That means that those who support, fund and direct schools must also be encouraged to continue developing the culture of excellence. We often speak of the partnership of schools, local authorities and Government as a strength of Scottish education. I believe in that partnership and that each of the partners must pull its weight. That means that we ourselves, the Scottish Ministers and the local authorities should be provided with a clear statement of our responsibilities for delivering improvement.

The measures that we will bring forward will create a new partnership between central and local government, and between authorities and schools, to raise standards and to target and celebrate excellence. None of us-schools, parents, authorities or this Parliament-should be prepared to accept second best for our children when we see what the best can achieve. This bill is about achieving the best. It will be a framework for partnership. Our approach to the preparation of the bill is designed to reflect that. The first principle adopted by the cross-party consultative steering group was that power should be shared between the Parliament, the Executive and the people of Scotland. We have the chance to make that a reality in our approach to this legislation. The people of Scotland will, therefore, have an unprecedented opportunity to express their views on our proposals before the bill is finally presented to this Parliament.

Education interests and the general public have already had a substantial opportunity to comment on the basis of the proposals that were set out in the UK Government's white paper "Targeting Excellence", which was published in January. The detailed plans for legislation will take into account the many comments that were made on the white paper.

The next step is to set out the details of the proposals for legislation in a consultative document to be published early in July. That will set out and explain the draft provisions and the policy behind them. I can assure this Parliament that the document will be made widely available. We are all stakeholders in the education system and our approach to consultation will be designed to ensure that our proposals are considered by as many people as possible. The document, therefore, will be sent to local authorities, schools, school boards and a wide range of organisations with an interest in children and schools. A summary of the main elements will also be published and made available on request. The consultation document will be made available on the internet. That will allow many more people to have access to it, to comment and to see what others have said about the bill.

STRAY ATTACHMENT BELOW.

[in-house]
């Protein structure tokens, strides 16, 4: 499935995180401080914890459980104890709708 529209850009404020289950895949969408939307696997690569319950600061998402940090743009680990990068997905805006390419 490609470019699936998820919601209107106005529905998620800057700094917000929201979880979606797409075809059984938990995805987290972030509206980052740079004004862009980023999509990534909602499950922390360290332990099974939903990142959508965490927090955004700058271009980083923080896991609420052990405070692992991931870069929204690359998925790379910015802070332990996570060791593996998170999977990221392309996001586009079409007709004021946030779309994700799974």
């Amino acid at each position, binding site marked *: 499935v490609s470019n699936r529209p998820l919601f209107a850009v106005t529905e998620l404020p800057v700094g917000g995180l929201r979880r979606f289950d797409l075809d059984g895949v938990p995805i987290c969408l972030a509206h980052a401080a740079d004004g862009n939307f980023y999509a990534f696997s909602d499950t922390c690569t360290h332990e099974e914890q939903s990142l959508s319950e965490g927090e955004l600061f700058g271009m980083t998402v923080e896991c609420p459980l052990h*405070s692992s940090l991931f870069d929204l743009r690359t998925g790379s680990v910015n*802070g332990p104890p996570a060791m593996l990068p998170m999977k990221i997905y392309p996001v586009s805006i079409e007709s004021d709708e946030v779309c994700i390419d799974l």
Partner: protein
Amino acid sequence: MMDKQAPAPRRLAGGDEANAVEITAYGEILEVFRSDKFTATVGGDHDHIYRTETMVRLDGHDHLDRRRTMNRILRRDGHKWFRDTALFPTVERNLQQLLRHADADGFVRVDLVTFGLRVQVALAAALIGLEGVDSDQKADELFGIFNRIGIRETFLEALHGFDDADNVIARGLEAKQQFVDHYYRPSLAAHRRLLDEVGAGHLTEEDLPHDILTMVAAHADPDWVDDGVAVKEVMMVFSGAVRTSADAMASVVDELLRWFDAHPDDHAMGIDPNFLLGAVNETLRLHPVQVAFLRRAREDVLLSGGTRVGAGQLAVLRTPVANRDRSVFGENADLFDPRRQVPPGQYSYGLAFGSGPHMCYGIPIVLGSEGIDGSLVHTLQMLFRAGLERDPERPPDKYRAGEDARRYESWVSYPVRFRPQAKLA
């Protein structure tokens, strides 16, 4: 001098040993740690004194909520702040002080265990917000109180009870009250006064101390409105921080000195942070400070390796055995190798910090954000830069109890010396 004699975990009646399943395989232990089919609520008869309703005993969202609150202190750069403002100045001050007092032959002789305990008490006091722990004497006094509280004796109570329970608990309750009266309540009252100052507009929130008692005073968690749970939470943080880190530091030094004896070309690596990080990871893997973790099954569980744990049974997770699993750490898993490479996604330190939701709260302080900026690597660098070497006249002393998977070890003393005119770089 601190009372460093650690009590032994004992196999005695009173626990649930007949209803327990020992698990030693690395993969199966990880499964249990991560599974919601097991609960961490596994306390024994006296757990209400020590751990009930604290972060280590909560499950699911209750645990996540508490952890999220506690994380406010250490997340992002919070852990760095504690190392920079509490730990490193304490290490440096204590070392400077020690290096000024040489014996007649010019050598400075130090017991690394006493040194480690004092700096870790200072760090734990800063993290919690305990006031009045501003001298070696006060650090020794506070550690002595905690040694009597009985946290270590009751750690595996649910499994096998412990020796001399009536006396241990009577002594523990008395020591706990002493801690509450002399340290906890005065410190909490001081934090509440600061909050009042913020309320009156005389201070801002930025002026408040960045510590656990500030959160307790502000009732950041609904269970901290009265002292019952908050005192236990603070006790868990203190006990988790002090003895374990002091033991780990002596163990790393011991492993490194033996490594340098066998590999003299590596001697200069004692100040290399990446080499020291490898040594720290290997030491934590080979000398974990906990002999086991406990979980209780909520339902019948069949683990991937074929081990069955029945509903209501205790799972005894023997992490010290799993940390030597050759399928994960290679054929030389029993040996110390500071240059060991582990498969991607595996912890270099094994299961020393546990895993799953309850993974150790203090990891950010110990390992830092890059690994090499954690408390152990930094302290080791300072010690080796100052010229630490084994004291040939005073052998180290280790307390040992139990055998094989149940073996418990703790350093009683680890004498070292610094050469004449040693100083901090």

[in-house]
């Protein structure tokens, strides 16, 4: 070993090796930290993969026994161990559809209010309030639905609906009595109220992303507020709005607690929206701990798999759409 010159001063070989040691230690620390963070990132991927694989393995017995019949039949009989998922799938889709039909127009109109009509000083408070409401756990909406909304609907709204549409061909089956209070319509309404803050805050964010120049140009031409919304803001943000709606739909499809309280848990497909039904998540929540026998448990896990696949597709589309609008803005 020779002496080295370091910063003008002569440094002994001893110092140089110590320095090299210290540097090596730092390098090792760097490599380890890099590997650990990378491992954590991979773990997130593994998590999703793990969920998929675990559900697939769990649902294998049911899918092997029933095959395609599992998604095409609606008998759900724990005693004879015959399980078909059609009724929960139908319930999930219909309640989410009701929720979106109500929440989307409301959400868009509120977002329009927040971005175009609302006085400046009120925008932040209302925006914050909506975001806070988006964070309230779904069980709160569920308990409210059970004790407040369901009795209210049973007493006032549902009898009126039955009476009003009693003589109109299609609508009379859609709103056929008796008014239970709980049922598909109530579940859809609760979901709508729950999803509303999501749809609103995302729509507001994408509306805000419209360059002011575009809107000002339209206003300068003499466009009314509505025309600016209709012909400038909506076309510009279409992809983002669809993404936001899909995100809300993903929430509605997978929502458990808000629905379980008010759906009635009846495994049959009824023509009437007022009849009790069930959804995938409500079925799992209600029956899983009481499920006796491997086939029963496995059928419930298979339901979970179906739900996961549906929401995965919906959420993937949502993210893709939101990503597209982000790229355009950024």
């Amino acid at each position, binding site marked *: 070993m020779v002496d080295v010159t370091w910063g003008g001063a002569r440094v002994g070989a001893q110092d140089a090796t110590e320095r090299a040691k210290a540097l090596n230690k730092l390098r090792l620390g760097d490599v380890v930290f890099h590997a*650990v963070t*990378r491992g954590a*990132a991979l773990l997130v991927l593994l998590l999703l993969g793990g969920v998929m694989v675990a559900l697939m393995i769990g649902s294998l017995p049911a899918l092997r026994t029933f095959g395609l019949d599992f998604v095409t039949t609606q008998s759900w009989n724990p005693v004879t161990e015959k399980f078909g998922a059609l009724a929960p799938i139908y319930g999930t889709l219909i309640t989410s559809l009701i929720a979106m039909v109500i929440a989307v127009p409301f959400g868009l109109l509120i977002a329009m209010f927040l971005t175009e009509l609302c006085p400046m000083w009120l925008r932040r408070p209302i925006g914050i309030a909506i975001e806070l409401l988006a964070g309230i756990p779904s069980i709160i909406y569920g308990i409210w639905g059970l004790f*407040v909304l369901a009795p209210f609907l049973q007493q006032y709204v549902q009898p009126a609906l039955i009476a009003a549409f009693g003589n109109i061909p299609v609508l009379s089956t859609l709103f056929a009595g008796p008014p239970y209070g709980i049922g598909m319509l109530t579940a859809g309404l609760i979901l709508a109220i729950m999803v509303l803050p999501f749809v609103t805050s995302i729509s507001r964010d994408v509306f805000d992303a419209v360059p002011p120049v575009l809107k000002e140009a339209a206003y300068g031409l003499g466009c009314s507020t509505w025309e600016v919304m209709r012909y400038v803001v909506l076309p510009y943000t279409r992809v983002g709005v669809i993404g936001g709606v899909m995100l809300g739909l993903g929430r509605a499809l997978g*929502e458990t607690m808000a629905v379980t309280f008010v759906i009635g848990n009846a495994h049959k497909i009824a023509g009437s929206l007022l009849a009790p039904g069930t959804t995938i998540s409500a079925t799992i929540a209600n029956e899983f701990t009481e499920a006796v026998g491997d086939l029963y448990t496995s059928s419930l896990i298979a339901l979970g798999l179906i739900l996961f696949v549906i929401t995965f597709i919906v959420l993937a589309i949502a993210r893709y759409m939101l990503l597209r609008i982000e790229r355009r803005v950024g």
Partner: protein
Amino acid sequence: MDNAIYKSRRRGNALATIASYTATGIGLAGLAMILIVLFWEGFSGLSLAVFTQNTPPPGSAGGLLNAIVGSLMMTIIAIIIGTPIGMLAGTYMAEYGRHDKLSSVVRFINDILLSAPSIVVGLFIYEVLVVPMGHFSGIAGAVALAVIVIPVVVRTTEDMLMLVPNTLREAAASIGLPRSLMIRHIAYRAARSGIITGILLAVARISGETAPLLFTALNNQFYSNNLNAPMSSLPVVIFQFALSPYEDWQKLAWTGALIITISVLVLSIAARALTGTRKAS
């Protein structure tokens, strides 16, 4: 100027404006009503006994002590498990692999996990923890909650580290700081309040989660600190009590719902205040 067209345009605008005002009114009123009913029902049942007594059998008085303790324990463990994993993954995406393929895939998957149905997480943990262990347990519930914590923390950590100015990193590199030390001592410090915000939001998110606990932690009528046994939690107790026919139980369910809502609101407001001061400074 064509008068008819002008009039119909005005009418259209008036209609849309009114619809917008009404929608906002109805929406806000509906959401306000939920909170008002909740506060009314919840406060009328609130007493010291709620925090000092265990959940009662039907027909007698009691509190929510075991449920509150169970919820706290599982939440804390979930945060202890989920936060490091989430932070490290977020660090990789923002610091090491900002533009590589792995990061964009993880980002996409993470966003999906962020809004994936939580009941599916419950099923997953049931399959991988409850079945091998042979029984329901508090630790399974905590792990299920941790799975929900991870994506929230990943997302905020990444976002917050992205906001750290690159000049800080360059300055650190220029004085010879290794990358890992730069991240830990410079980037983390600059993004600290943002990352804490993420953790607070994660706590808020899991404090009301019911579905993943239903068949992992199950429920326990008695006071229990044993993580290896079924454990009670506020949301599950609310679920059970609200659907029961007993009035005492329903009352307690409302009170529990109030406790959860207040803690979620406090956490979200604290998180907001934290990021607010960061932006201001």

I am particularly concerned that the consultation should go beyond the normal range of interests, and that many parents and pupils are involved. Pupils who have access to the internet through the national grid for learning will have an excellent opportunity to get involved in the debates, and we shall be ready to take their views into account. I consider that young people's views about schools should be listened to. The consultation will also give them an early opportunity to learn about the processes and procedures of the new Parliament. The consultation will continue until the end of October to give plenty people plenty of time to comment after the schools are back. Peter Peacock and I want to meet as many people as possible to hear their views, and we will want to take part in a series of meetings throughout Scotland.

I hope that the outcome of the process will be a bill that the widest spectrum of people agree reflects the best way forward for Scottish education. It will take account of the knowledge and experience of those who are directly involved as providers and consumers of school education. Parliament can then be confident that our proposals are soundly based and will make a real difference to the education of our children.

At the end of October, the bill will be revised as necessary to take into account the consultations and to make any technical changes needed to refine the drafting. Once that has happened it will be passed to the Parliament, which will, as a first step, put it to the Education, Culture and Sport Committee. The committee will comment on the approach taken in the bill, and in particular on how good the consultation has been. It will report to Parliament on whether the bill should be approved in principle. If the report is favourable, the bill will go through three stages: a debate and vote on the key principles, detailed consideration in committee, and a debate and final vote on the bill with the amendments accepted by the education committee.

We will not deliver a world-class education system overnight, and we must always remember that it is schools, teachers, pupils and their parents working together who will achieve the highest standards. I believe, however, that establishing a clear framework of duties and responsibilities will allow us to focus more closely on the action needed to achieve such a system. Our bill, developed with the help and participation of our partners in the education system and the Scottish people, is an opportunity to do that. It will also set a new standard in consultation that I hope this Parliament will welcome. I commend it to the Parliament.